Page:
The talented Bennett fuels her fiction with secrets—first in her lauded debut, The Mothers (2016), and now in the assured and magnetic story of the Vignes sisters, light-skinned women parked on opposite sides of the color line. Desiree, the “fidgety twin,” and Stella, “a smart, careful girl,” make their break from stultifying rural Mallard, Louisiana, becoming 16-year-old runaways in 1954 New Orleans. The novel opens 14 years later as Desiree, fleeing a violent marriage in D.C., returns home with a different relative: her 8-year-old daughter, Jude. The gossips are agog: “In Mallard, nobody married dark....Marrying a dark man and dragging his blueblack child all over town was one step too far.” Desiree's decision seals Jude’s misery in this “colorstruck” place and propels a new generation of flight: Jude escapes on a track scholarship to UCLA. Tending bar as a side job in Beverly Hills, she catches a glimpse of her mother’s doppelgänger. Stella, ensconced in white society, is shedding her fur coat. Jude, so black that strangers routinely stare, is unrecognizable to her aunt. All this is expertly paced, unfurling before the book is half finished; a reader can guess what is coming. Bennett is deeply engaged in the unknowability of other people and the scourge of colorism. The scene in which Stella adopts her white persona is a tour de force of doubling and confusion. It calls up Toni Morrison’s The Bluest Eye, the book's 50-year-old antecedent. Bennett's novel plays with its characters' nagging feelings of being incomplete—for the twins without each other; for Jude’s boyfriend, Reese, who is trans and seeks surgery; for their friend Barry, who performs in drag as Bianca. Bennett keeps all these plot threads thrumming and her social commentary crisp. In the second half, Jude spars with her cousin Kennedy, Stella's daughter, a spoiled actress.

Kin “[find] each other’s lives inscrutable” in this rich, sharp story about the way identity is formed.

Pub Date: June 2, 2020

ISBN: 978-0-525-53629-1

Page Count: 352

Publisher: Riverhead

Review Posted Online: March 15, 2020

Kirkus Reviews Issue: April 1, 2020

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More Hallmarkiana, from a shameless expert in the genre.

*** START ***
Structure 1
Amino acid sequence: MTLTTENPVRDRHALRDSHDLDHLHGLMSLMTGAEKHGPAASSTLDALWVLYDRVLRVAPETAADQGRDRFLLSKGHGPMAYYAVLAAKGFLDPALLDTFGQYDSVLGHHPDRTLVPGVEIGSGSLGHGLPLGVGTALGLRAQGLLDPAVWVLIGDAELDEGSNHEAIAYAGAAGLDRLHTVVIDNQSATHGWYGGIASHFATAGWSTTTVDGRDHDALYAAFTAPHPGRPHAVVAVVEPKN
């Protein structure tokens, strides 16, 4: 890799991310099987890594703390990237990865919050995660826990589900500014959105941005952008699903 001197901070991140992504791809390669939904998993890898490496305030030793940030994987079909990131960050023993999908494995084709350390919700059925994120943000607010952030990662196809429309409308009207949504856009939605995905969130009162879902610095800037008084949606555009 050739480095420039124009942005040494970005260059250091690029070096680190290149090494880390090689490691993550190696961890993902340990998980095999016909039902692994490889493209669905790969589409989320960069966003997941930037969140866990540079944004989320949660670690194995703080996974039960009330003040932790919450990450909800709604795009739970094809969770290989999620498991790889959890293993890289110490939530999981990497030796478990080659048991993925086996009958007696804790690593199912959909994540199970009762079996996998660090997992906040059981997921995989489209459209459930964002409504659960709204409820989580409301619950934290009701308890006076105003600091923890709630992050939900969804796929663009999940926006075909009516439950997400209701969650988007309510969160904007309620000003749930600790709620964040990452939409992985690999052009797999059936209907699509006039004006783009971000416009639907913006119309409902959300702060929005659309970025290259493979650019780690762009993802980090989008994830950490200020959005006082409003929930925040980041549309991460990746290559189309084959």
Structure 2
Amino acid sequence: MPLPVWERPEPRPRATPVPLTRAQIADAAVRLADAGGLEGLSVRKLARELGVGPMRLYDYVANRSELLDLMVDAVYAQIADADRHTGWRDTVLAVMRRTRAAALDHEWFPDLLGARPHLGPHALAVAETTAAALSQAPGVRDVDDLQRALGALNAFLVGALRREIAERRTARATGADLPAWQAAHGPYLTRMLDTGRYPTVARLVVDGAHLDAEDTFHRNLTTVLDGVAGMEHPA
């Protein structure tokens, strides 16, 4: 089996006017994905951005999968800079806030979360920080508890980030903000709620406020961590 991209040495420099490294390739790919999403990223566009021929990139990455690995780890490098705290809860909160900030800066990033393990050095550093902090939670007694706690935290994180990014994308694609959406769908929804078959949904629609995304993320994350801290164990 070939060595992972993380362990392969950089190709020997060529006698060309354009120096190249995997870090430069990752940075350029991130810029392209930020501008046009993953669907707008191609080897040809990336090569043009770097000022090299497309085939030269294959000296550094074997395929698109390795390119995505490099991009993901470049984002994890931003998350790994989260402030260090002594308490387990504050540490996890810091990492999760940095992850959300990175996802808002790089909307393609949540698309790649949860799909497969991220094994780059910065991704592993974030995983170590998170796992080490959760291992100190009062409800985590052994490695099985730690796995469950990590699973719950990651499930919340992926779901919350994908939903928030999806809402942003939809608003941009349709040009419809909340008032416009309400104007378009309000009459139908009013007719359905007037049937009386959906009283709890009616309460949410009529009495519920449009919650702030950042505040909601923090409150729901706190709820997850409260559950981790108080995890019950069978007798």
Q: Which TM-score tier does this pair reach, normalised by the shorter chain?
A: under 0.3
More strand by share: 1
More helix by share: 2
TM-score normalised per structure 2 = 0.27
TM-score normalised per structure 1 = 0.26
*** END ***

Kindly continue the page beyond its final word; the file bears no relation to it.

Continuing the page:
High-stakes weepmeister Sparks (A Walk to Remember, 1999, etc.) opts for a happy ending his fourth time out. His writing has improved—though it's still the equivalent of paint-by-numbers—and he makes use this time of at least a vestige of credible psychology.

That vestige involves the deep dark secret—it has something to do with his father's death when son Taylor was nine—that haunts kind, good 36-year-old local contractor Taylor McAden and makes him withdraw from relationships whenever they start getting serious enough to maybe get permanent. He's done this twice before, and now he does it again with pretty and sweet single mother Denise Holton, age 29, who's moved from Atlanta to Taylor's town of Edenton, North Carolina, in order to devote her time more fully to training her four-year-old son Kyle to overcome the peculiar impediment he has that keeps him from achieving normal language acquisition. Okay? When Denise has a car accident in a bad storm, she's rescued by volunteer fireman Taylor—who also rescues little Kyle after he wanders away from his injured mom in the storm. Love blooms in the weeks that follow—until Taylor suddenly begins putting on the brakes. What is it that holds him back, when there just isn't any question but that he loves Denise and vice versa-not to mention that he's "great" with Kyle, just like a father? It will require a couple of near-death experiences (as fireman Taylor bravely risks his life to save others); emotional steadiness from the intelligent, good, true Denise; and the terrible death of a dear and devoted friend before Taylor will come to the point at last of confiding to Denise the terrible memory of how his father died—and the guilt that's been its legacy to Taylor. The psychological dam broken, love will at last be able to flow.

More Hallmarkiana, from a shameless expert in the genre.

Pub Date: Sept. 19, 2000

ISBN: 0-446-52550-2

Page Count: 352

Publisher: N/A

Review Posted Online: May 20, 2010

Kirkus Reviews Issue: July 15, 2000